The article failed to note the absurd hiring process for many departments, which rejects highly qualified applicants for moving violations while waving through those with 'uncomplicated' applications. And that's without the capricious idiocy of the polygraph, which does a great job of terrifying and confusing the honest.
In Minnesota, applicants must have a 2-year degree and attend a police academy (locally called "skills") on their own dime before they are "eligible to be licensed" and can apply for a peace officer position. This process incurs an investment of approximately $30K. In recent interviews of Minnesota chiefs, they have not seen a decrease of applicants YET, but based on the aforementioned, there could be a 2-year lag before any noticeable change that could be attributed to anti-police sentiment. What the chiefs did say was that while they have a plethora of APPLICANTS for open positions, there are very few truly qualified CANDIDATES among that applicant pool.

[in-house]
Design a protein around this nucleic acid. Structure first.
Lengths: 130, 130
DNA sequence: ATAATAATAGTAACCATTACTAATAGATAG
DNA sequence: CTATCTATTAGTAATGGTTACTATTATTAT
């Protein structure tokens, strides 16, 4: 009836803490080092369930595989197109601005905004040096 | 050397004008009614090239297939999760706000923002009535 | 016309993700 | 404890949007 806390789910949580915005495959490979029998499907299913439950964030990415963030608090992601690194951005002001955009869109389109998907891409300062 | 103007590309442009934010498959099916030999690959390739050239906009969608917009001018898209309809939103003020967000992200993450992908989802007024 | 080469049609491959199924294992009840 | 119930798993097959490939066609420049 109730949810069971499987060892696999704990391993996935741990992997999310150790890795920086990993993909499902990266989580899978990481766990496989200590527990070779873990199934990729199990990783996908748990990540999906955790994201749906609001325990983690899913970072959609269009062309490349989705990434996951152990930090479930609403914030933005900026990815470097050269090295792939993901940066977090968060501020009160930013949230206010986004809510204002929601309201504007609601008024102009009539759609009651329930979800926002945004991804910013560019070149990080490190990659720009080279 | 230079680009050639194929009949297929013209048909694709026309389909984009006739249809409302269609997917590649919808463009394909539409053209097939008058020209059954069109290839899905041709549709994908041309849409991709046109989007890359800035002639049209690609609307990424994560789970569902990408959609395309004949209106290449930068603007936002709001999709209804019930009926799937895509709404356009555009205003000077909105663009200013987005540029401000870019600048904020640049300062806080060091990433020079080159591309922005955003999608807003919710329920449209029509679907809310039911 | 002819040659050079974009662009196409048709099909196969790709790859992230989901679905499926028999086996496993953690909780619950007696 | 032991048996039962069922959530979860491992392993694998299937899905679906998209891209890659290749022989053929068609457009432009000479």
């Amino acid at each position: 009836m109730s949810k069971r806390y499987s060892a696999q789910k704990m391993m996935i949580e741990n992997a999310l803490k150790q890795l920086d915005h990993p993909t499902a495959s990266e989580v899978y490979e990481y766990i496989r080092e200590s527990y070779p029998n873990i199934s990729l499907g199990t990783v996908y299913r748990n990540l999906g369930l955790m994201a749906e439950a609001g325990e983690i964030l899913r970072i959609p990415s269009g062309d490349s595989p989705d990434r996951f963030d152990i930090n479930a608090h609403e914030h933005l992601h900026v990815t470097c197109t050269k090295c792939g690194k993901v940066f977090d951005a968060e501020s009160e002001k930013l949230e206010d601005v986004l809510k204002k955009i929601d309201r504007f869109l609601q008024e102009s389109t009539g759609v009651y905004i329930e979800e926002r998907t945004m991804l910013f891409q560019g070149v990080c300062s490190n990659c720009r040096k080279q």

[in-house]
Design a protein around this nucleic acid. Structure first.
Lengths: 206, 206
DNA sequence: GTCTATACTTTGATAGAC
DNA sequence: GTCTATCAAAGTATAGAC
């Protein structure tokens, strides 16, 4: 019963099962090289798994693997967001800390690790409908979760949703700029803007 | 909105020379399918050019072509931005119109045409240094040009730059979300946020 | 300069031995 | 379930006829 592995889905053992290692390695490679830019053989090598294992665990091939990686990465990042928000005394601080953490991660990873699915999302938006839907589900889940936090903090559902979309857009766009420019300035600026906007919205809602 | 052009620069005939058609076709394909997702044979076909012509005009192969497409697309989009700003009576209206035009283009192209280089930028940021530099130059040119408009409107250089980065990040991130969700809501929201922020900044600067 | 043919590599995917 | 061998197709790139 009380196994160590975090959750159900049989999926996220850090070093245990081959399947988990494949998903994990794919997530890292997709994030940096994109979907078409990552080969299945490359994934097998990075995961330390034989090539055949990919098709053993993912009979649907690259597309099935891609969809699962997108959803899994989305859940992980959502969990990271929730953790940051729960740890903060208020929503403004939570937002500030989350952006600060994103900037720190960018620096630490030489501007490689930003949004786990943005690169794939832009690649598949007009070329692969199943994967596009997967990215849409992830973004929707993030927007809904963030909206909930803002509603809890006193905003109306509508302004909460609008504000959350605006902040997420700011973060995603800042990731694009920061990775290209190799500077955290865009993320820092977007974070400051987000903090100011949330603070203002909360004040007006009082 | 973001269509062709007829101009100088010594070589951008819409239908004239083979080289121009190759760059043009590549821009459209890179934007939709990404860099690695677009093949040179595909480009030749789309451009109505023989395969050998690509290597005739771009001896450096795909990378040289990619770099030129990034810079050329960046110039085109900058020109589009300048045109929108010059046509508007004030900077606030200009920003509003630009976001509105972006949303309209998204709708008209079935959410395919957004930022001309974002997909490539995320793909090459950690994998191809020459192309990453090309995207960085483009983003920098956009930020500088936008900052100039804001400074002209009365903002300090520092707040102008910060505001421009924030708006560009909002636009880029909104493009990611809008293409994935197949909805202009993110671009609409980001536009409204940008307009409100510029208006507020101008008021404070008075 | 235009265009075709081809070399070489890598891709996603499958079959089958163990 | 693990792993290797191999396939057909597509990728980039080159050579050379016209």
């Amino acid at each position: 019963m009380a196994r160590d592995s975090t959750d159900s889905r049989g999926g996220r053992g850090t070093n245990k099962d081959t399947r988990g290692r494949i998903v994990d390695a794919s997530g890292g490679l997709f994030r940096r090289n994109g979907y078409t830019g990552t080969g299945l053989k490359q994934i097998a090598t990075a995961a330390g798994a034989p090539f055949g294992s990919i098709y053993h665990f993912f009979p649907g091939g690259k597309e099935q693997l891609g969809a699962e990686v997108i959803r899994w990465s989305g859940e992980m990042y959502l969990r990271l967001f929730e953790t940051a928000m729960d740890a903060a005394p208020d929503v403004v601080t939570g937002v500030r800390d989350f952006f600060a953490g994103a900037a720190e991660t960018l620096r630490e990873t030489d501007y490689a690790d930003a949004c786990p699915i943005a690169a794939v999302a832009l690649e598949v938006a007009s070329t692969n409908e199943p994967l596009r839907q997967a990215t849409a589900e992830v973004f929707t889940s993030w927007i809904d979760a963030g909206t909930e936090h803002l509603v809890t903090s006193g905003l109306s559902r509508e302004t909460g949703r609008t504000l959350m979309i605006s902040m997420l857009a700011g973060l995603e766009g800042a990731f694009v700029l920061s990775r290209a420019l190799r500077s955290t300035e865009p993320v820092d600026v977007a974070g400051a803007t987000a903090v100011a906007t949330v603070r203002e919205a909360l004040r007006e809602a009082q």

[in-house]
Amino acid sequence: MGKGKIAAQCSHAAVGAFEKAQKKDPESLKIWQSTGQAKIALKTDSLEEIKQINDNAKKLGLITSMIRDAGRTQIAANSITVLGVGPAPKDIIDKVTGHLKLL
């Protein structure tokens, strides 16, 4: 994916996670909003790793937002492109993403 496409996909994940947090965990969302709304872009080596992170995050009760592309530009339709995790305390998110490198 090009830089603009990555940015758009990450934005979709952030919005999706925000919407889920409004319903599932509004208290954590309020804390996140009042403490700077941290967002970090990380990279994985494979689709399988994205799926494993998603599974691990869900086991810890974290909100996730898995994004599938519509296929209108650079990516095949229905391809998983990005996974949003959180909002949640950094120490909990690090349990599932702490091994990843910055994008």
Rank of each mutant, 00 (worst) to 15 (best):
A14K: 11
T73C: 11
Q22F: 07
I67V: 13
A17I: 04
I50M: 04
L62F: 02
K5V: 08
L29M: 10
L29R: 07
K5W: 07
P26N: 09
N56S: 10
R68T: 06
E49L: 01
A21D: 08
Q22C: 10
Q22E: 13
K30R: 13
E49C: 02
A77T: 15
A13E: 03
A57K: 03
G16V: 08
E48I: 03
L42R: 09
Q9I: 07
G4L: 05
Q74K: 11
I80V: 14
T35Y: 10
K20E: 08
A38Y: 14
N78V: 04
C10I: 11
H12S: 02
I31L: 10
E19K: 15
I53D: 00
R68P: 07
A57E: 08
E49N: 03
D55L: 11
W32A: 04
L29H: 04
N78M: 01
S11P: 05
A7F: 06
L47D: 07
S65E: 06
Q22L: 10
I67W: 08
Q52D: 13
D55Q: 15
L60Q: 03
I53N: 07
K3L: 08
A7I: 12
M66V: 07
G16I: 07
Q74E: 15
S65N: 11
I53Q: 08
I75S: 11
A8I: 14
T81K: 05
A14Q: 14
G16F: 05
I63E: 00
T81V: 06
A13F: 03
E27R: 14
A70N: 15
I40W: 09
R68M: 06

The improving economy probably has something to do with it. In a 11/18/2009 article, the NY Times reported "After years of struggling to lure top-quality recruits, the New York Police Department has found that the prolonged recession — coupled with a significant increase in first-year salaries — has generated new interest in police careers. Applications to the Police Academy rose 54 percent in 2008 from 2007..." http://www.nytimes.com/2009/11/18/nyregion/18recruit.html
I think that was when the NYPD raised the starting wage from something shamefull like $23,000/year! I think that's all that happened back then.
It's pretty common for union jobs to have a very low starting pay which goes up quickly, as the NYPD did (and as the IBEW still does).
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